Perhaps this sort of case is a rarity, and the adage 'seek and you will find' is nowhere more true than in the study of the paranormal, so I do agree that historical research can lead the unwary into many a blind alley. But it can also be a persuasive way of opening people's minds to new ideas.

Dave Wood's assertion that investigating site history does "a great deal more harm than good" appears to be aimed at preventing investigators being blinkered by a site's history. I agree that a rigorous, impartial investigation could be conducted without any insight whatsoever into the lives of medieval monks or any other precursors; and I can see the reason to suppose that it should be so conducted. But I fear the tone of his article might unnecessarily alienate a committed and genuinely open-minded sector of the paranormal investigating community: the historians (a band who know better than most just how easy — and dangerous — it is to twist facts to fit fashionable ideas).

While history may be of limited practical use in accumulating data, and it may be of questionable value in the task of interpreting that data, I feel that deliberately isolating phenomena from their historical context carries its own risks. It seems to me that when dealing with paranormal phenomenon outside the laboratory, where psychological factors (such as subconscious suggestion arising from the visual clues of architecture and age, and simply the look of a site) can play a large part in people's experiences, wilfully ignoring a site's history may even prove counterproductive.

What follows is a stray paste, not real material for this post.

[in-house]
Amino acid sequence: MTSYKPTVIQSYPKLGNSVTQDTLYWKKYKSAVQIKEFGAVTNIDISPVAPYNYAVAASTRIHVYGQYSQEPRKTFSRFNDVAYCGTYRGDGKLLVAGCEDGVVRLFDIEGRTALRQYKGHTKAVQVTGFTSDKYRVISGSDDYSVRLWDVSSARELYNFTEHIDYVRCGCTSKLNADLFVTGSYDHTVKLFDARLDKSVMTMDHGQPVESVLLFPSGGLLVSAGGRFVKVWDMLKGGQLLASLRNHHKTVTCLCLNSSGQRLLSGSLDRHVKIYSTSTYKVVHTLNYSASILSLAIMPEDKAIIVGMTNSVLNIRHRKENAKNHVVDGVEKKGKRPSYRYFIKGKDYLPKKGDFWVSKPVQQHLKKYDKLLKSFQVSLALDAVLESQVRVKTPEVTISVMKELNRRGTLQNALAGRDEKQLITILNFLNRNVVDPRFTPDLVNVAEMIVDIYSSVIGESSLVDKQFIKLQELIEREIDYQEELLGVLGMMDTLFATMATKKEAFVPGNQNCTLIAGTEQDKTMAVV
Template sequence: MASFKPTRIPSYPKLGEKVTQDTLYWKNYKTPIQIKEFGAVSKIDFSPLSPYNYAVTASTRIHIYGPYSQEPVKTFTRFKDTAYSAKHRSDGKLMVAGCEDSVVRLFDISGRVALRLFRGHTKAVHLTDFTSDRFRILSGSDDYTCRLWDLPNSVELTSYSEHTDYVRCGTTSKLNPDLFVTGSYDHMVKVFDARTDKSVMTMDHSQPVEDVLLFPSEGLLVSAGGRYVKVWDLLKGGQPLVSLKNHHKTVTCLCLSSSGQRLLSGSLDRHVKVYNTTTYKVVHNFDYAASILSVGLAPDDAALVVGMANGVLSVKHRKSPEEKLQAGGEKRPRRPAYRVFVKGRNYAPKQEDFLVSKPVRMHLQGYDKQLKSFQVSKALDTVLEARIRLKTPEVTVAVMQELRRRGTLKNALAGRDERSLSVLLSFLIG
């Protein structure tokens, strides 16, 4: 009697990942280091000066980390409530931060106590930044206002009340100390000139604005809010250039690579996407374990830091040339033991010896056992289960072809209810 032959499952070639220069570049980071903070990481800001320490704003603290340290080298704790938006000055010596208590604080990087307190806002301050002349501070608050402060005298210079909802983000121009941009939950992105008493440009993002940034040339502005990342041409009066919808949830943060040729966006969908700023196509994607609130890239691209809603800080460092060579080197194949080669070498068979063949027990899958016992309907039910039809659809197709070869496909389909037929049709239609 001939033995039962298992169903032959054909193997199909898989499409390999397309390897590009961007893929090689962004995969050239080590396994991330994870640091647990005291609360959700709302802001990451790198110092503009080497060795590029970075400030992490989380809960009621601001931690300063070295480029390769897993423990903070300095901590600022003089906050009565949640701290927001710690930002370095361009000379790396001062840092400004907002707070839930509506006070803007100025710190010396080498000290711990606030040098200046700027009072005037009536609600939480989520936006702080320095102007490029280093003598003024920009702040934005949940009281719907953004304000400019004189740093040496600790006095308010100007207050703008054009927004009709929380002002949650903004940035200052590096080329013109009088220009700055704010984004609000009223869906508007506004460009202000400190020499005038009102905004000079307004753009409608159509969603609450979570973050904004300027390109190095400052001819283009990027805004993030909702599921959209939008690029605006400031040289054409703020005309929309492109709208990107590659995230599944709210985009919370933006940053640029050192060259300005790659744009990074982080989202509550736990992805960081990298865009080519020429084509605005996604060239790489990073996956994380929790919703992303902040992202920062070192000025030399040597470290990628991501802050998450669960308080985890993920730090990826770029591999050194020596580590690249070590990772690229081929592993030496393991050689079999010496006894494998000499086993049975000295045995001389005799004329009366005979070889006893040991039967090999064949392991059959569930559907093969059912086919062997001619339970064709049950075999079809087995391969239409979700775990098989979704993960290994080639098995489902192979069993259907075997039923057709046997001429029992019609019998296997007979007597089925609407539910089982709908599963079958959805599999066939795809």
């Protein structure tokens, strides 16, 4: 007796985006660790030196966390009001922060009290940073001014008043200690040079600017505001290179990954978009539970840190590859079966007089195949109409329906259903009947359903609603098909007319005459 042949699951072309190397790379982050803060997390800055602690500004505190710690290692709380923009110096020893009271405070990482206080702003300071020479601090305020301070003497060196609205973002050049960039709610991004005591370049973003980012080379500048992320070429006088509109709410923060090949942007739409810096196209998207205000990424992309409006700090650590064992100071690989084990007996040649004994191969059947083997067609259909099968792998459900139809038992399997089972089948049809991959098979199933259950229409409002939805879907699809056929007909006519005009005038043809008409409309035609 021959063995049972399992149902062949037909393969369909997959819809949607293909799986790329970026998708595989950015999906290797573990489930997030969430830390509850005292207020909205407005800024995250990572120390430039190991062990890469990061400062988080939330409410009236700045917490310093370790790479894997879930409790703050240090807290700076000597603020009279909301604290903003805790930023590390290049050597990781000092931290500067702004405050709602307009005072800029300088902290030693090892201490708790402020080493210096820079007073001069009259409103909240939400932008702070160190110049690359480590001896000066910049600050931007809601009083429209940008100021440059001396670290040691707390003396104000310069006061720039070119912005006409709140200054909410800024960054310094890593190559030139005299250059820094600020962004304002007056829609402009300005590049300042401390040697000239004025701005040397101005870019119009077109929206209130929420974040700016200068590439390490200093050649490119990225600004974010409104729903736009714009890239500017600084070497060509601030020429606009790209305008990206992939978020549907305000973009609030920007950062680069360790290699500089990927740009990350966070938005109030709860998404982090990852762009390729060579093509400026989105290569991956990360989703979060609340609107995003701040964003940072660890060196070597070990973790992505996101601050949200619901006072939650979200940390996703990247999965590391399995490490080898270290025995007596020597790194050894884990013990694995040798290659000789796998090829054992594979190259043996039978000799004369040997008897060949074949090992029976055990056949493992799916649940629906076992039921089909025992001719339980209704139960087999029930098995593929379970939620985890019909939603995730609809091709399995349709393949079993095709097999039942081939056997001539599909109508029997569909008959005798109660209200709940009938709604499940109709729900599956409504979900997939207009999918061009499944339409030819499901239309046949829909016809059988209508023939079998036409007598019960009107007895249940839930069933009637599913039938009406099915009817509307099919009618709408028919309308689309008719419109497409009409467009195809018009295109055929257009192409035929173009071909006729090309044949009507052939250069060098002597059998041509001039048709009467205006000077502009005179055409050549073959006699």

Perhaps I have missed the point of his article, and I have certainly not seen the evidence that undoubtedly underpins his point of view, but it seems to me that it remains possible for a carefully coordinated programme of historical research to be accommodated within a scientific approach to paranormal site investigation.

Ken Taylor

PSI’s Dave Wood Responds...

I’d like to thank Ken for his thought provoking article - this is why we keep him on the figurative payroll!

Your argument is persuasive and makes a good case for the limited use of historical research in a small number of cases.

Perception of history can have a major impact on a certain type of case. We know the context guides our perceptions in such a way that we misattribute unusual events as ‘ghosts’ - based on the popular portrayal - it logically follows that if your perception of what a haunting would be a particular building is guided by a knowledge of the history of the building, your perception could equally be guided.

This presents an ethical and methodological tightrope on which to balance. The argument tends (although not unavoidably) towards a pseudo-scientific duality: if the historical research corrects the perception people may think again about their experiences. However if it supports their perception, they may come to an either-or conclusion that their misattributions are, by default, actually paranormal.

The probable answer is to deal with these situations very carefully on a case-by-case basis, and being careful to avoid the pitfalls of allowing history to unethically add to a perception of haunting within a building.